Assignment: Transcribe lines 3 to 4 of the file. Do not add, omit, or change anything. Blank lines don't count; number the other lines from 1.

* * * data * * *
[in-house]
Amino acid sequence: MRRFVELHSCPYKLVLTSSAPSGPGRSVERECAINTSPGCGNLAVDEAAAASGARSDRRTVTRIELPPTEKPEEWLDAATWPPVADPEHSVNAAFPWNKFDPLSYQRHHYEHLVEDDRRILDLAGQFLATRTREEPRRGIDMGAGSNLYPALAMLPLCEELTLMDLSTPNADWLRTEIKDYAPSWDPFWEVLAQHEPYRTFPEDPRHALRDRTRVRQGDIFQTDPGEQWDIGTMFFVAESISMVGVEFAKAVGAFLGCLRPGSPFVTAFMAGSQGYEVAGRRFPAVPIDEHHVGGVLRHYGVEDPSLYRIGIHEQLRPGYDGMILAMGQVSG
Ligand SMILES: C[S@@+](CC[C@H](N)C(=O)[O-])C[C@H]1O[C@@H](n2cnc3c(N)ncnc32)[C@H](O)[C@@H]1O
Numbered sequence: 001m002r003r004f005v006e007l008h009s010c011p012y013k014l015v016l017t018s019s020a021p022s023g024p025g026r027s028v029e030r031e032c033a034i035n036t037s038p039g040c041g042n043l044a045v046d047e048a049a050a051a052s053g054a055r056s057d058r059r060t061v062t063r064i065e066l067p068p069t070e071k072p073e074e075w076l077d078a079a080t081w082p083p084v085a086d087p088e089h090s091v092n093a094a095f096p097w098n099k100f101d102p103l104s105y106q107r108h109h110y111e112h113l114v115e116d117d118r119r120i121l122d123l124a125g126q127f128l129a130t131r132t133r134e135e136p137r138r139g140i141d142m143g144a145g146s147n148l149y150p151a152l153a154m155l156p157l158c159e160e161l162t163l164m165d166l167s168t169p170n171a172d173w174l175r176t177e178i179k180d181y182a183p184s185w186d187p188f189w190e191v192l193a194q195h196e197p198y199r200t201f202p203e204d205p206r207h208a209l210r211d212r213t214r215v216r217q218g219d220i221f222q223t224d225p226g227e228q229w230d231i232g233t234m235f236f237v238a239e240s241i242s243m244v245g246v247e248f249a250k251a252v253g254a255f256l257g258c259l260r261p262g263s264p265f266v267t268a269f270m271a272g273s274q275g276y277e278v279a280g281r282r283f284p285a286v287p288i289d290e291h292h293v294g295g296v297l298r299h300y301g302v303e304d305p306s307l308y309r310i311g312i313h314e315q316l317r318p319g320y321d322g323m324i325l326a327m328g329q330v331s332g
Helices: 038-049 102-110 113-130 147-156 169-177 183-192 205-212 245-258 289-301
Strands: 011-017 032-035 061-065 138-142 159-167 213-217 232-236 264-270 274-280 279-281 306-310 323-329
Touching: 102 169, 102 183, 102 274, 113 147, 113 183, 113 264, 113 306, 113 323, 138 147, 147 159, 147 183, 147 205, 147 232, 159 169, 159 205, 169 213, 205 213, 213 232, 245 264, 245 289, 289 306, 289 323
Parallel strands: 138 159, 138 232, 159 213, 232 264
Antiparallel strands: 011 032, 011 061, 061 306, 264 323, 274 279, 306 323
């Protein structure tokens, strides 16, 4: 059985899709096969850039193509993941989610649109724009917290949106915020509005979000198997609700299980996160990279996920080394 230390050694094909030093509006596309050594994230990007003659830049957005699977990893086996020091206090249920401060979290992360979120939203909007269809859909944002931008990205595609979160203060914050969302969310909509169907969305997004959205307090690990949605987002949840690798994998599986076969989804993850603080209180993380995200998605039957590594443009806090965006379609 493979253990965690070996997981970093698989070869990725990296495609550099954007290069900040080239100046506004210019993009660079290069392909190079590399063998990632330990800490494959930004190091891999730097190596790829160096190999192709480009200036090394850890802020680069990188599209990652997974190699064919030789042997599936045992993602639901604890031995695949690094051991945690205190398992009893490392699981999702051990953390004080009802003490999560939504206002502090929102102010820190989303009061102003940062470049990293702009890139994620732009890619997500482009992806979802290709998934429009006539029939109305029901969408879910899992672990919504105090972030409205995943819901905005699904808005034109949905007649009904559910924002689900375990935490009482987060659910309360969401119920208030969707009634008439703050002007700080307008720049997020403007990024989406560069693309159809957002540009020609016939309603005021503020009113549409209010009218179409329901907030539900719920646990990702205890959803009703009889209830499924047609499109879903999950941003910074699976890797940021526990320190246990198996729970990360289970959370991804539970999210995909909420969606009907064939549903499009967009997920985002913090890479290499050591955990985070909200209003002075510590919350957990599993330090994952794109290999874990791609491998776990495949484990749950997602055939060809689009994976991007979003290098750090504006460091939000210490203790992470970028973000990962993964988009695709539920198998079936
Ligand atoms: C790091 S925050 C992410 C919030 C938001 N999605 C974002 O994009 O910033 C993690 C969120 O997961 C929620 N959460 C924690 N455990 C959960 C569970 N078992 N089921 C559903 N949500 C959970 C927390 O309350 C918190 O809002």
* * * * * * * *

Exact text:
Ligand SMILES: C[S@@+](CC[C@H](N)C(=O)[O-])C[C@H]1O[C@@H](n2cnc3c(N)ncnc32)[C@H](O)[C@@H]1O
Numbered sequence: 001m002r003r004f005v006e007l008h009s010c011p012y013k014l015v016l017t018s019s020a021p022s023g024p025g026r027s028v029e030r031e032c033a034i035n036t037s038p039g040c041g042n043l044a045v046d047e048a049a050a051a052s053g054a055r056s057d058r059r060t061v062t063r064i065e066l067p068p069t070e071k072p073e074e075w076l077d078a079a080t081w082p083p084v085a086d087p088e089h090s091v092n093a094a095f096p097w098n099k100f101d102p103l104s105y106q107r108h109h110y111e112h113l114v115e116d117d118r119r120i121l122d123l124a125g126q127f128l129a130t131r132t133r134e135e136p137r138r139g140i141d142m143g144a145g146s147n148l149y150p151a152l153a154m155l156p157l158c159e160e161l162t163l164m165d166l167s168t169p170n171a172d173w174l175r176t177e178i179k180d181y182a183p184s185w186d187p188f189w190e191v192l193a194q195h196e197p198y199r200t201f202p203e204d205p206r207h208a209l210r211d212r213t214r215v216r217q218g219d220i221f222q223t224d225p226g227e228q229w230d231i232g233t234m235f236f237v238a239e240s241i242s243m244v245g246v247e248f249a250k251a252v253g254a255f256l257g258c259l260r261p262g263s264p265f266v267t268a269f270m271a272g273s274q275g276y277e278v279a280g281r282r283f284p285a286v287p288i289d290e291h292h293v294g295g296v297l298r299h300y301g302v303e304d305p306s307l308y309r310i311g312i313h314e315q316l317r318p319g320y321d322g323m324i325l326a327m328g329q330v331s332g